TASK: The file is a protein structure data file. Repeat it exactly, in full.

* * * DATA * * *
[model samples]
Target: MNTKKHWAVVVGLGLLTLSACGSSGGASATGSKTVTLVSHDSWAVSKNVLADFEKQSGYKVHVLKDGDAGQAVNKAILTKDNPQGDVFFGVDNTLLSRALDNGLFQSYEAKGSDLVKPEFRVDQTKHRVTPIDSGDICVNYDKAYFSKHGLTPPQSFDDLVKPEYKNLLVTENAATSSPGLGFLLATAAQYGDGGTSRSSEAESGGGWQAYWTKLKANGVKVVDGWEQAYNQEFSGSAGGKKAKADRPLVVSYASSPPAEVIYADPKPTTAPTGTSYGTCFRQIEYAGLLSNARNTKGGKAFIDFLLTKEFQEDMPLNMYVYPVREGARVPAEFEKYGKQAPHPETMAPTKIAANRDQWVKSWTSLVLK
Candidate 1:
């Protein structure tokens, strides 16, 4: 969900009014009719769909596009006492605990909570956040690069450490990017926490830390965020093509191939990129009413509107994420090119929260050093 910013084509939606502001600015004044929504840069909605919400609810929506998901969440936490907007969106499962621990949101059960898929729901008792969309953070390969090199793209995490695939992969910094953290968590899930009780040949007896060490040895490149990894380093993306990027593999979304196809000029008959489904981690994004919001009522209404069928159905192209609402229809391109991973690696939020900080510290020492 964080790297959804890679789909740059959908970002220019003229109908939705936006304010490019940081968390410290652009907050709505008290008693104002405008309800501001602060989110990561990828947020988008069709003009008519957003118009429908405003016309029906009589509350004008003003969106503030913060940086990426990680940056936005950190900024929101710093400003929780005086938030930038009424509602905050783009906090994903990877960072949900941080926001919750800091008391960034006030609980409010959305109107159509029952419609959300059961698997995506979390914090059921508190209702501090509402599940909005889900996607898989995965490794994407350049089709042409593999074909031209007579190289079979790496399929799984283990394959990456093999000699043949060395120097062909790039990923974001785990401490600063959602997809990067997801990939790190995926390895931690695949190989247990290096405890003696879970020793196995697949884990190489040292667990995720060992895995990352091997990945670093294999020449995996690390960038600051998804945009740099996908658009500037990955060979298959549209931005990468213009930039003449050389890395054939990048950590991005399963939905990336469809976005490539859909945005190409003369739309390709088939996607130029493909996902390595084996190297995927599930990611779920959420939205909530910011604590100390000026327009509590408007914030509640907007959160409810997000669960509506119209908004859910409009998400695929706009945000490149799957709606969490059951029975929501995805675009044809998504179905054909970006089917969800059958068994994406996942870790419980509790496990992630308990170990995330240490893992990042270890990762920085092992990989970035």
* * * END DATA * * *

[model samples]
Target: MNTKKHWAVVVGLGLLTLSACGSSGGASATGSKTVTLVSHDSWAVSKNVLADFEKQSGYKVHVLKDGDAGQAVNKAILTKDNPQGDVFFGVDNTLLSRALDNGLFQSYEAKGSDLVKPEFRVDQTKHRVTPIDSGDICVNYDKAYFSKHGLTPPQSFDDLVKPEYKNLLVTENAATSSPGLGFLLATAAQYGDGGTSRSSEAESGGGWQAYWTKLKANGVKVVDGWEQAYNQEFSGSAGGKKAKADRPLVVSYASSPPAEVIYADPKPTTAPTGTSYGTCFRQIEYAGLLSNARNTKGGKAFIDFLLTKEFQEDMPLNMYVYPVREGARVPAEFEKYGKQAPHPETMAPTKIAANRDQWVKSWTSLVLK
Candidate 1:
């Protein structure tokens, strides 16, 4: 969900009014009719769909596009006492605990909570956040690069450490990017926490830390965020093509191939990129009413509107994420090119929260050093 910013084509939606502001600015004044929504840069909605919400609810929506998901969440936490907007969106499962621990949101059960898929729901008792969309953070390969090199793209995490695939992969910094953290968590899930009780040949007896060490040895490149990894380093993306990027593999979304196809000029008959489904981690994004919001009522209404069928159905192209609402229809391109991973690696939020900080510290020492 964080790297959804890679789909740059959908970002220019003229109908939705936006304010490019940081968390410290652009907050709505008290008693104002405008309800501001602060989110990561990828947020988008069709003009008519957003118009429908405003016309029906009589509350004008003003969106503030913060940086990426990680940056936005950190900024929101710093400003929780005086938030930038009424509602905050783009906090994903990877960072949900941080926001919750800091008391960034006030609980409010959305109107159509029952419609959300059961698997995506979390914090059921508190209702501090509402599940909005889900996607898989995965490794994407350049089709042409593999074909031209007579190289079979790496399929799984283990394959990456093999000699043949060395120097062909790039990923974001785990401490600063959602997809990067997801990939790190995926390895931690695949190989247990290096405890003696879970020793196995697949884990190489040292667990995720060992895995990352091997990945670093294999020449995996690390960038600051998804945009740099996908658009500037990955060979298959549209931005990468213009930039003449050389890395054939990048950590991005399963939905990336469809976005490539859909945005190409003369739309390709088939996607130029493909996902390595084996190297995927599930990611779920959420939205909530910011604590100390000026327009509590408007914030509640907007959160409810997000669960509506119209908004859910409009998400695929706009945000490149799957709606969490059951029975929501995805675009044809998504179905054909970006089917969800059958068994994406996942870790419980509790496990992630308990170990995330240490893992990042270890990762920085092992990989970035």